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Fungus gnat

By: Garden Gate staff
Adult fungus gnats are generally considered a nuisance. But the larvae, in large enough numbers, can be a real problem.

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Fungus gnat Bradysia spp.

IDENTIFICATION — If you’ve noticed tiny flies that take flight from your house plants when you water, they may be fungus gnats. Fungus gnats are actually small dark gray flies about 1/8 in. long. They thrive with plenty of moisture and decaying plant matter. Most of their lives are spent as larvae feeding below the soil surface on organic debris and plant roots. After pupating, females can lay up to 300 eggs.

DAMAGE — Adult fungus gnats are generally considered a nuisance. But the larvae, in large enough numbers, can be a real problem. They feed on root hairs and small feeder roots, which causes stunted growth, off-color leaves or, in cases of severe infestation, leaf drop.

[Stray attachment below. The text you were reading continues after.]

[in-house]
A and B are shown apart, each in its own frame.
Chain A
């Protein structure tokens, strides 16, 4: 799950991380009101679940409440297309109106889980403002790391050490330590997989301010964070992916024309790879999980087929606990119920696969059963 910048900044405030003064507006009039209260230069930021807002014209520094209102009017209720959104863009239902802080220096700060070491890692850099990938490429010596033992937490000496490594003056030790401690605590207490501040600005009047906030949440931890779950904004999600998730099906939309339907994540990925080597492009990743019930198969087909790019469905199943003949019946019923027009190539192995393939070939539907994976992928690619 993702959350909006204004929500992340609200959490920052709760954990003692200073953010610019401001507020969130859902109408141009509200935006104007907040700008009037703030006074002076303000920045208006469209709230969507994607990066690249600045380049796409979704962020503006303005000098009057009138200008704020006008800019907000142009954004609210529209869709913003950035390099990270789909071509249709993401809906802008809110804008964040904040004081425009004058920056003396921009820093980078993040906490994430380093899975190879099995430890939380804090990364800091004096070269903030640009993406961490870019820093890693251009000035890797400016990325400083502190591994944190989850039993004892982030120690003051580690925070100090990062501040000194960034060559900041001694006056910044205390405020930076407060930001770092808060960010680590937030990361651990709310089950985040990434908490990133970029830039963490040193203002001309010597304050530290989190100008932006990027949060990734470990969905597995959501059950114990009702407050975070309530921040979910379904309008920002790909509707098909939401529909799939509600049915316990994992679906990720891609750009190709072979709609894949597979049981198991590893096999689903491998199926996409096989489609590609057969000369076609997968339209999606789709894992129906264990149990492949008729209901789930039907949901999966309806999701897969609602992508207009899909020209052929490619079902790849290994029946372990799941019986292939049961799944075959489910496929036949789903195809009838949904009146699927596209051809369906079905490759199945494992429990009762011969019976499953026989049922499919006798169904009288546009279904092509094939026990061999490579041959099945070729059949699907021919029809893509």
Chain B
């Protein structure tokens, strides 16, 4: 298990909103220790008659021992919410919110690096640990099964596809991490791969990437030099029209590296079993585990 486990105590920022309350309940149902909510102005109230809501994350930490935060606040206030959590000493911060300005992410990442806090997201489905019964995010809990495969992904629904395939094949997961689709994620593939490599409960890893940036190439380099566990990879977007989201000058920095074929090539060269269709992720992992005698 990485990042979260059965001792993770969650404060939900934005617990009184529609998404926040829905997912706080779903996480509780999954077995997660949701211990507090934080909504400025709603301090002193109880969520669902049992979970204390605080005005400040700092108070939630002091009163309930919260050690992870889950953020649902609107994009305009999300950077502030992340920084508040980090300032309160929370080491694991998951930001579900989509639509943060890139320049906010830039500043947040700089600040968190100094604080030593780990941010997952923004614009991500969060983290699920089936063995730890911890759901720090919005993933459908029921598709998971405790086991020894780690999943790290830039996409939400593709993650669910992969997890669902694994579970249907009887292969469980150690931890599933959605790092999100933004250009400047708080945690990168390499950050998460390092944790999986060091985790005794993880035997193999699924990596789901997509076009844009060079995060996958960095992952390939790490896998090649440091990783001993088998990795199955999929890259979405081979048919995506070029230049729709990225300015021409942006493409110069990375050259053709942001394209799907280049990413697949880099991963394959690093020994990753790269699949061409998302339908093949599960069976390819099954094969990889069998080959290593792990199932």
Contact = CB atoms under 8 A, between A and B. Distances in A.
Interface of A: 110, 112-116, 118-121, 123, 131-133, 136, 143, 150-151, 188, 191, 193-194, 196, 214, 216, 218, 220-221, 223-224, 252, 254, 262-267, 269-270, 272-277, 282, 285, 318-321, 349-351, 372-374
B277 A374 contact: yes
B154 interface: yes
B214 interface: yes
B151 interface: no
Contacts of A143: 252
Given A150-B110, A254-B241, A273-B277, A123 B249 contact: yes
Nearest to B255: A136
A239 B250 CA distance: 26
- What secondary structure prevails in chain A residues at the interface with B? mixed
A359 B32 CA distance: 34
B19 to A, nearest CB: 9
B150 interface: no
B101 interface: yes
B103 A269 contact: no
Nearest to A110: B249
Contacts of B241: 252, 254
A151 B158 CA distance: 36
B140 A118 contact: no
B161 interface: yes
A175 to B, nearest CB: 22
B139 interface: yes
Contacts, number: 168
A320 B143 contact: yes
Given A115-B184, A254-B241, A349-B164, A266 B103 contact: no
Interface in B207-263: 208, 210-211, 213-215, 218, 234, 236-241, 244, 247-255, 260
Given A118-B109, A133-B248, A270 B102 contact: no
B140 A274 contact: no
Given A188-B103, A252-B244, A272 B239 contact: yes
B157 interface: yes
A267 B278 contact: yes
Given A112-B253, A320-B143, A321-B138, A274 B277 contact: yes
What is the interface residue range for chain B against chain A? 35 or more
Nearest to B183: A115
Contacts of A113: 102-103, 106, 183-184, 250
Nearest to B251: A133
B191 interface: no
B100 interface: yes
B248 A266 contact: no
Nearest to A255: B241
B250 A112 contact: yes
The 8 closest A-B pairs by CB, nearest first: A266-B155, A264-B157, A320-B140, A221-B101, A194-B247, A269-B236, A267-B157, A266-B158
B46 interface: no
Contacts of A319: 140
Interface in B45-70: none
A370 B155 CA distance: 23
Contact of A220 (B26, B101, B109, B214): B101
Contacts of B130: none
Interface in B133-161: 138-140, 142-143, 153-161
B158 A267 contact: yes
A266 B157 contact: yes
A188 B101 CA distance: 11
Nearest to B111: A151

CONTROL — There are several simple ways to prevent fungus gnats from taking over. Avoid overwatering, use a sterile potting mix to keep from passing larvae along and remove plant debris from the soil surface.

If you do see these winged visitors hovering around your plants, cut a small cube of raw potato and push it into the soil of each plant to attract the larvae. Remove the potato piece after a few days and discard in the trash. Add another potato cube if you still see gnats around.

For severe infestations, try Gnatrol®. It’s a special strain of Bt bacteria (Bacillus thuringiensis), which is safe for home use. Ask for it at your local garden center.

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